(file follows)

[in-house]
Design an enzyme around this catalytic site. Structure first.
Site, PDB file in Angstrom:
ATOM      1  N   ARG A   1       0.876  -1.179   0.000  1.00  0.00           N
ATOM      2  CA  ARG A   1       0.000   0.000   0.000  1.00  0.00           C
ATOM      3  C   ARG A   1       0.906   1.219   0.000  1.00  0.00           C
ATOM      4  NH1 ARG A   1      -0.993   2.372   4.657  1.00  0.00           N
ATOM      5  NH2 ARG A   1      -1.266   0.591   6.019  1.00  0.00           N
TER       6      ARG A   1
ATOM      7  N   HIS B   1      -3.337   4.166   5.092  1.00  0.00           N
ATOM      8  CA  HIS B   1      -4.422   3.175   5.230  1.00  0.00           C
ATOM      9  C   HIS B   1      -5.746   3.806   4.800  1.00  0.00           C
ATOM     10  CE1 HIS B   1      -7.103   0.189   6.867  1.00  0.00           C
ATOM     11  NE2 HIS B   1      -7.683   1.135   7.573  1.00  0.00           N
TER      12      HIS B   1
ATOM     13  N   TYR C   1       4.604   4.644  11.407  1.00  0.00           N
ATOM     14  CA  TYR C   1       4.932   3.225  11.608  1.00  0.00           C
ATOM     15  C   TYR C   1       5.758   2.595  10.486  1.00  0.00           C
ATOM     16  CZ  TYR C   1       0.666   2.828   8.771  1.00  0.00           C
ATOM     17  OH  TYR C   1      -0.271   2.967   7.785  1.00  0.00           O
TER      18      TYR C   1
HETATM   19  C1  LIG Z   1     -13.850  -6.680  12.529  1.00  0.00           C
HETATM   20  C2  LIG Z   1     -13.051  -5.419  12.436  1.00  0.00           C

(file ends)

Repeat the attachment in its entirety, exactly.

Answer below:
[in-house]
Design an enzyme around this catalytic site. Structure first.
Site, PDB file in Angstrom:
ATOM      1  N   ARG A   1       0.876  -1.179   0.000  1.00  0.00           N
ATOM      2  CA  ARG A   1       0.000   0.000   0.000  1.00  0.00           C
ATOM      3  C   ARG A   1       0.906   1.219   0.000  1.00  0.00           C
ATOM      4  NH1 ARG A   1      -0.993   2.372   4.657  1.00  0.00           N
ATOM      5  NH2 ARG A   1      -1.266   0.591   6.019  1.00  0.00           N
TER       6      ARG A   1
ATOM      7  N   HIS B   1      -3.337   4.166   5.092  1.00  0.00           N
ATOM      8  CA  HIS B   1      -4.422   3.175   5.230  1.00  0.00           C
ATOM      9  C   HIS B   1      -5.746   3.806   4.800  1.00  0.00           C
ATOM     10  CE1 HIS B   1      -7.103   0.189   6.867  1.00  0.00           C
ATOM     11  NE2 HIS B   1      -7.683   1.135   7.573  1.00  0.00           N
TER      12      HIS B   1
ATOM     13  N   TYR C   1       4.604   4.644  11.407  1.00  0.00           N
ATOM     14  CA  TYR C   1       4.932   3.225  11.608  1.00  0.00           C
ATOM     15  C   TYR C   1       5.758   2.595  10.486  1.00  0.00           C
ATOM     16  CZ  TYR C   1       0.666   2.828   8.771  1.00  0.00           C
ATOM     17  OH  TYR C   1      -0.271   2.967   7.785  1.00  0.00           O
TER      18      TYR C   1
HETATM   19  C1  LIG Z   1     -13.850  -6.680  12.529  1.00  0.00           C
HETATM   20  C2  LIG Z   1     -13.051  -5.419  12.436  1.00  0.00           C